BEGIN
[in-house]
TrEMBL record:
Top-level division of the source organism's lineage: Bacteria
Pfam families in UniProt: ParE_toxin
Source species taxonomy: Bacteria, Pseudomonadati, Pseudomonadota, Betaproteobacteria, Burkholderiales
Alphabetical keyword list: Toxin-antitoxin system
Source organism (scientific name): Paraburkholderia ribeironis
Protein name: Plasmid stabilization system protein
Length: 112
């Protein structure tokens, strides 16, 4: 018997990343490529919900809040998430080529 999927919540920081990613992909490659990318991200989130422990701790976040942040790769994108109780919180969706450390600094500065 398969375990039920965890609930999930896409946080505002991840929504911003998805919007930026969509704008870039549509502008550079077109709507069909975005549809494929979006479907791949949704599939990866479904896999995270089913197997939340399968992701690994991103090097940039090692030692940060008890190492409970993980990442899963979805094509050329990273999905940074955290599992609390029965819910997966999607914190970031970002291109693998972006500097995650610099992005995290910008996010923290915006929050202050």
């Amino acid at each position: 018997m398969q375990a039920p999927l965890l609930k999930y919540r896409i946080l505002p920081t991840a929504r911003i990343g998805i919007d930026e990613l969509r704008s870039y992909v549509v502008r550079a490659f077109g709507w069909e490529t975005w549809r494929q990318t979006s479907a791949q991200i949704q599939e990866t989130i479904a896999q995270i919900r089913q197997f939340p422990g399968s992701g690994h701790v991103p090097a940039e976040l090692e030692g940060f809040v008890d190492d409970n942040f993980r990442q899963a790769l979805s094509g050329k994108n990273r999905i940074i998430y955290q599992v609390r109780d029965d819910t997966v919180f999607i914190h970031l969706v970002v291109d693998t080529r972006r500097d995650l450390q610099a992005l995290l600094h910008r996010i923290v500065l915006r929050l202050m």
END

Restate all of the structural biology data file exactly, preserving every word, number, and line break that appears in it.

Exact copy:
[in-house]
TrEMBL record:
Top-level division of the source organism's lineage: Bacteria
Pfam families in UniProt: ParE_toxin
Source species taxonomy: Bacteria, Pseudomonadati, Pseudomonadota, Betaproteobacteria, Burkholderiales
Alphabetical keyword list: Toxin-antitoxin system
Source organism (scientific name): Paraburkholderia ribeironis
Protein name: Plasmid stabilization system protein
Length: 112
């Protein structure tokens, strides 16, 4: 018997990343490529919900809040998430080529 999927919540920081990613992909490659990318991200989130422990701790976040942040790769994108109780919180969706450390600094500065 398969375990039920965890609930999930896409946080505002991840929504911003998805919007930026969509704008870039549509502008550079077109709507069909975005549809494929979006479907791949949704599939990866479904896999995270089913197997939340399968992701690994991103090097940039090692030692940060008890190492409970993980990442899963979805094509050329990273999905940074955290599992609390029965819910997966999607914190970031970002291109693998972006500097995650610099992005995290910008996010923290915006929050202050």
């Amino acid at each position: 018997m398969q375990a039920p999927l965890l609930k999930y919540r896409i946080l505002p920081t991840a929504r911003i990343g998805i919007d930026e990613l969509r704008s870039y992909v549509v502008r550079a490659f077109g709507w069909e490529t975005w549809r494929q990318t979006s479907a791949q991200i949704q599939e990866t989130i479904a896999q995270i919900r089913q197997f939340p422990g399968s992701g690994h701790v991103p090097a940039e976040l090692e030692g940060f809040v008890d190492d409970n942040f993980r990442q899963a790769l979805s094509g050329k994108n990273r999905i940074i998430y955290q599992v609390r109780d029965d819910t997966v919180f999607i914190h970031l969706v970002v291109d693998t080529r972006r500097d995650l450390q610099a992005l995290l600094h910008r996010i923290v500065l915006r929050l202050m």